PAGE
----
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|Title:||An assessment of complementary feeding practices and their effects on improving chances of child survival in Masindi district, Uganda|
|Authors:||Kabasindi, Annet J.|
|Publisher:||Kampala International University, College of Humanities and Social Sciences|
|Abstract:||The study aimed at carrying out an assessment of complementary Feeding practices and their effects on improving chances of child survival in Masindi district. It was guided by specific objectives; to assess the effect of complementary feeding practices on infants, to establish the factors affecting safe and appropriate complementary feeding practices, to evaluate the impact of complementary feeding practices on nutrition status and mortality rates. Sampling was done according to Standardized Monitoring and Assessment of Relief and Transition (SMART) Nutrition survey Guidelines. Anthropometric measurements were taken on children ranging (6-24 months). One set of structured questionnaires was administered. Qualitative data was obtained through interviews with Focus group discussions and Key informant. The results obtained indicated that breast feeding was widely practiced with 60% and 51.8% in Miirya and Nyangahya sub counties respectively. Timely complementary infant food was practiced and mothers introduced appropriate foods between 6-10 months. It was found that 46% in both Miirya and Nyangahya feed children on milk tea and there was also wide spread feeding of liquids and foods in this age group. Vaccination coverage in children of 6-24 months was determined by vaccination card record 49%in Miirya had cards and 51% in Nyangahya. For DPT3 was 49% and 51% in measles vaccination it was 48% and 52% in Miirya and Nyangahya respectively. The feeding of Infants and young children was not in line with the Infant and Young Child Feeding Policy with less than 1 % of children receiving 5 meals a day and almost half of the children sharing a plate with adults. This therefore revealed that there is need for a comprehensive social mobilization strategy with an Information, Education and Communication campaign on maternal and infant and young child feeding with specific focus on complementary Feeding. Provision of health and nutrition education by community health workers with more emphasis on breastfeeding and complementary feeding practices, food preparation, hygiene, and sanitation targeting is also very crucial. Strengthening of the Maternal and Child Health programs should be done to cub down the prevalence of preventable diseases such as diarrhea and cough. Therefore with all the above, reducing childhood malnutrition requires a multi-sectoral approach that included a variety of interventions to address its major cause.|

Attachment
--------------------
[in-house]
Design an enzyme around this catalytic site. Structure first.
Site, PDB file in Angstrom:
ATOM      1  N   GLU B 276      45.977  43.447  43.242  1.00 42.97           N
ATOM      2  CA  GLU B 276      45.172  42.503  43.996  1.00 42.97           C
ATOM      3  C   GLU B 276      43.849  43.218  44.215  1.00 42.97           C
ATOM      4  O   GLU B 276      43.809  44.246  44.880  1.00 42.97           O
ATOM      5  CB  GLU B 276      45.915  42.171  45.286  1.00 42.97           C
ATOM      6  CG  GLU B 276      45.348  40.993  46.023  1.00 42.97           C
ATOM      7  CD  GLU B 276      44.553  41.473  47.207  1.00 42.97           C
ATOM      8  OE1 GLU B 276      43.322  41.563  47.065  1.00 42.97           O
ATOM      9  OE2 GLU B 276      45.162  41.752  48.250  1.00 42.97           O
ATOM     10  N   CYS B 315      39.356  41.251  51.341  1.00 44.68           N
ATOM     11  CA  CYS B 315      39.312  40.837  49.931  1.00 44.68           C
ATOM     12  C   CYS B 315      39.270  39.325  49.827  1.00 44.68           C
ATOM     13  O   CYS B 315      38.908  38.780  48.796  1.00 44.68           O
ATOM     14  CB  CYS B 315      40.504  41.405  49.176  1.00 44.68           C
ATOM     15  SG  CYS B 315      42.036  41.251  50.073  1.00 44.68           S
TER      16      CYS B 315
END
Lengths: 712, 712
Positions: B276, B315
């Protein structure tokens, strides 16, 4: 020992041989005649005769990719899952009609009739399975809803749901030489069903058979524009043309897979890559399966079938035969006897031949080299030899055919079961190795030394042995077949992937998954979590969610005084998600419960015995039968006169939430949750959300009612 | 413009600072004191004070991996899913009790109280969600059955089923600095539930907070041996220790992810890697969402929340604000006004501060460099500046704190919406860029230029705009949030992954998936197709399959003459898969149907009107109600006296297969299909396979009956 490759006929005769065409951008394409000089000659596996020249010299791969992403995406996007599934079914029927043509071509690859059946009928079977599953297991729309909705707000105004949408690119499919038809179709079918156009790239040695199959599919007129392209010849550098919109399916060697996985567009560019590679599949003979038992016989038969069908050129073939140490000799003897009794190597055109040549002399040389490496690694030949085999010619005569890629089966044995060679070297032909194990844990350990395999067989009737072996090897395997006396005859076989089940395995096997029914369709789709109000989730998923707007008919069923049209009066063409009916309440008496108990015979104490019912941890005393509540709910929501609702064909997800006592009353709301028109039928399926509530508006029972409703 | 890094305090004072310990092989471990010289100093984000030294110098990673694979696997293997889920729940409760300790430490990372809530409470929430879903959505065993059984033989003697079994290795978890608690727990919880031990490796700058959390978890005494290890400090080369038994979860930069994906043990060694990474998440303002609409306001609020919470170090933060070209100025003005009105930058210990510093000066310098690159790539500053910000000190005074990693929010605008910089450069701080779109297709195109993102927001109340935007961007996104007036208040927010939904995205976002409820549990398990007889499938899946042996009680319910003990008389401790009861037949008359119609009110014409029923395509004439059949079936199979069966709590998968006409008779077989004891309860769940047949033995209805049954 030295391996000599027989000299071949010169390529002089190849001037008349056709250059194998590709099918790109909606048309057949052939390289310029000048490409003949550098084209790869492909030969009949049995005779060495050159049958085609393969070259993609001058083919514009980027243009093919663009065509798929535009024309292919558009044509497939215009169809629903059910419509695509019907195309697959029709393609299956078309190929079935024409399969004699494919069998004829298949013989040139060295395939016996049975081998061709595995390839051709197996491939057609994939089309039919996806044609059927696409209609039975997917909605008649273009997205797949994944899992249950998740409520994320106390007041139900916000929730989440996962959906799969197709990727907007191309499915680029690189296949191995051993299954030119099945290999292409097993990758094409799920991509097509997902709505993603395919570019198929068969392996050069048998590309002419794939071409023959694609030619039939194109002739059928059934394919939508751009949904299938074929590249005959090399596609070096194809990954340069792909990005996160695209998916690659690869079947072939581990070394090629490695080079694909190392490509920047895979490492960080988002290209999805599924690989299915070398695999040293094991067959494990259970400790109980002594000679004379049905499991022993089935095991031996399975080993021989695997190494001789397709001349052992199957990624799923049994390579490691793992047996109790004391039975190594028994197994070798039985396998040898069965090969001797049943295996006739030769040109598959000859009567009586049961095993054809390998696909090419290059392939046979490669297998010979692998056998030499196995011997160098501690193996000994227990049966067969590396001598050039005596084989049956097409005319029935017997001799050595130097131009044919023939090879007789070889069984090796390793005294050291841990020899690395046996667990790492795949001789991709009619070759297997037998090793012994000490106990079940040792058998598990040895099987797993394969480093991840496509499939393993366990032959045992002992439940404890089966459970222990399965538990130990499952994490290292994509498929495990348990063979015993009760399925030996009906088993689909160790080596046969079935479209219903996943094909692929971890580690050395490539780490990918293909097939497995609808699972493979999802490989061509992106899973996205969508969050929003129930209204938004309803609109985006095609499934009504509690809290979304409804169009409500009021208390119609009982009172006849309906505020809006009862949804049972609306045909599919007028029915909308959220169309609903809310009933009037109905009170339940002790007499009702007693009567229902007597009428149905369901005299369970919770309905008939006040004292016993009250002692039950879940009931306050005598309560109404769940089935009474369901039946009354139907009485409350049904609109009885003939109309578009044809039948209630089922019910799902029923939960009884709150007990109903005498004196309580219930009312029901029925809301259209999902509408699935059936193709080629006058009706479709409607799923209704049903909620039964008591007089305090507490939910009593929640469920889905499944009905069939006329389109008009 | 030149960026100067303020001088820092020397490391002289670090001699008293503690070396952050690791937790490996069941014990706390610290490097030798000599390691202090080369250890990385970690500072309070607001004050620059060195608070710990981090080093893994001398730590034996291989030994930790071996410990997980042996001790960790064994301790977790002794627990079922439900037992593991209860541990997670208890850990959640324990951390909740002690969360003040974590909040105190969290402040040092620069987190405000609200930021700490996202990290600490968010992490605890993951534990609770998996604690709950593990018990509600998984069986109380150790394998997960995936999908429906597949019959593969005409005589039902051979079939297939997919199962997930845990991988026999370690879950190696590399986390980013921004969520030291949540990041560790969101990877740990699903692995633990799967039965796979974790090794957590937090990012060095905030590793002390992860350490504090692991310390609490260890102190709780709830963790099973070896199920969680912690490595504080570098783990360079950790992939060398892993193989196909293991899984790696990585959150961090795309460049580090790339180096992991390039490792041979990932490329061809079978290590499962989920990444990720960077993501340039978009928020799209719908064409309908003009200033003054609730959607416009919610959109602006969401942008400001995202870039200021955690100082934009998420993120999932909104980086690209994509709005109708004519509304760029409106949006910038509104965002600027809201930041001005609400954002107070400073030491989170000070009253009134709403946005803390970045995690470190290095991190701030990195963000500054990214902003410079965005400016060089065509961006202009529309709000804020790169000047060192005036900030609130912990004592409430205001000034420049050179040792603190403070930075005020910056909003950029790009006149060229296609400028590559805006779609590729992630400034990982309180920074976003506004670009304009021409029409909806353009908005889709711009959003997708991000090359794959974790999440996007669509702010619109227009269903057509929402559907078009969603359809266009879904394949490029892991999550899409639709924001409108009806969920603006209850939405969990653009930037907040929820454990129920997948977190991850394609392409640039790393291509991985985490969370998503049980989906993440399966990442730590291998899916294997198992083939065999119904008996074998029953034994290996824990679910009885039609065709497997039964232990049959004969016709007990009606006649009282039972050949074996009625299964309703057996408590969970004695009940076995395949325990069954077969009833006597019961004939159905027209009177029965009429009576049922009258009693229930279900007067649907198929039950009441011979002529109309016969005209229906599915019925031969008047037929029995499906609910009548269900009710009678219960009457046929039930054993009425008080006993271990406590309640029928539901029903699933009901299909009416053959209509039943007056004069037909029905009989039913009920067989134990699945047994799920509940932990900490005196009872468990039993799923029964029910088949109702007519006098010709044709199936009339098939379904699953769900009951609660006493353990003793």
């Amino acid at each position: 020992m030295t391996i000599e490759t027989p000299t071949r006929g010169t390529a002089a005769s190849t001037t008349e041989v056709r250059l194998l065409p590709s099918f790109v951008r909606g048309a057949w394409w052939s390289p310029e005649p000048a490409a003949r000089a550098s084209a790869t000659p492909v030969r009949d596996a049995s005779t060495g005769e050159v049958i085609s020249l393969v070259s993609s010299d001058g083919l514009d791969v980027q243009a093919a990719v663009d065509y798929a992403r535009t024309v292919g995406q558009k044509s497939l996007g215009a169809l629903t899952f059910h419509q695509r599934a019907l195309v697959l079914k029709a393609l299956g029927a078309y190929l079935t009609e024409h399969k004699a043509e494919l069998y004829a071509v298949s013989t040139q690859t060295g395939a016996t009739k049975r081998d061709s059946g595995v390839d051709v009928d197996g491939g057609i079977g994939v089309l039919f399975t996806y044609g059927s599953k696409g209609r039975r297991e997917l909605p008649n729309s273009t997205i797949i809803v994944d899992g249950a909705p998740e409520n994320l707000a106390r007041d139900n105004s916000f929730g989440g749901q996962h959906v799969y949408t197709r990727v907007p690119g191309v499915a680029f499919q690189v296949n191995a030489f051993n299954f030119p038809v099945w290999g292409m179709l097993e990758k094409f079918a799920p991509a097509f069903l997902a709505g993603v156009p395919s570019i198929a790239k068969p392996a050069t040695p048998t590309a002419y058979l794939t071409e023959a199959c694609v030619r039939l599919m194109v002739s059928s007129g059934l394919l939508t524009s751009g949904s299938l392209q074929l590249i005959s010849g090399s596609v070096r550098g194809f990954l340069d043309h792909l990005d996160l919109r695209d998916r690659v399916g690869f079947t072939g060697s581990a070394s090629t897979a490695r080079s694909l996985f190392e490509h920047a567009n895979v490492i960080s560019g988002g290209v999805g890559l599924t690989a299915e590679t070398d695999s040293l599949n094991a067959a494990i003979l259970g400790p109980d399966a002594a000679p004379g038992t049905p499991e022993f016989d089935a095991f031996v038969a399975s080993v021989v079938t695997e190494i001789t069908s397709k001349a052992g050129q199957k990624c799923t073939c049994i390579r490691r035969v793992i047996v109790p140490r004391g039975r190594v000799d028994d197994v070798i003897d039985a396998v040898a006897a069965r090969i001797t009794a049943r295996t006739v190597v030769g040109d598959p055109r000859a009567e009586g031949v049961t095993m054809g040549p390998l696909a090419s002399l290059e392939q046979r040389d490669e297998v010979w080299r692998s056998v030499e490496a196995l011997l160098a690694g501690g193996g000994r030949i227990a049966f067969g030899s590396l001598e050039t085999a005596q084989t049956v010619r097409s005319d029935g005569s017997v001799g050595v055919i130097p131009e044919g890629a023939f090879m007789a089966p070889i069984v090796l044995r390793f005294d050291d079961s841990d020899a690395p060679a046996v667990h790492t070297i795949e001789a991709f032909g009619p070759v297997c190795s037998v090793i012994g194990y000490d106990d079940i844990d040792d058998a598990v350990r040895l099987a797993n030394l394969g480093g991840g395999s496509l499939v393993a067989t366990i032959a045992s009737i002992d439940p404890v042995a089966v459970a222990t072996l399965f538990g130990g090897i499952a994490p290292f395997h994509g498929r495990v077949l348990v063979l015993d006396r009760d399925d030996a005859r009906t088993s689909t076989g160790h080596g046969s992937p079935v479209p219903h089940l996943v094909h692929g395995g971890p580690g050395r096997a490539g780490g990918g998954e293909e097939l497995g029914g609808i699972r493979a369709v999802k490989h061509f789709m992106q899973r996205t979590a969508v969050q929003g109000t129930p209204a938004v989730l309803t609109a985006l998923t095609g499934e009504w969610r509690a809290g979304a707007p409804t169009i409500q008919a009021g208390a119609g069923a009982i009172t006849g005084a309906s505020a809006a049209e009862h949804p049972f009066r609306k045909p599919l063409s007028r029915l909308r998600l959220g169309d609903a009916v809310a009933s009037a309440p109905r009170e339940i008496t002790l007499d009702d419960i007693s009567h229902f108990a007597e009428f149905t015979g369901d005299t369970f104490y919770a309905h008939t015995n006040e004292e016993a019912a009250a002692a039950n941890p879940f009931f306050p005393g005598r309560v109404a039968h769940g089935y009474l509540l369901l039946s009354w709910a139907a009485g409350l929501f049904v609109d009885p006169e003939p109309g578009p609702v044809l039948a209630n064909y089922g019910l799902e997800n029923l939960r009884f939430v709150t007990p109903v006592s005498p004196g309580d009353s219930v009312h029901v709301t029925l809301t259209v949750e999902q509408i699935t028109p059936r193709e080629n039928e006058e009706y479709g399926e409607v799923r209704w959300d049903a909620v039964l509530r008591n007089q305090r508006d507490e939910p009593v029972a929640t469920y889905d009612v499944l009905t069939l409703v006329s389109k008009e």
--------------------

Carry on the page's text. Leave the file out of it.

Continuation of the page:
|Description:||A dissertation submitted in partial fulfillment of the requirement for the award of a Master Degree in Development Administration and Management of Kampala International University|
|Appears in Collections:||Master of Development Administration and Management|
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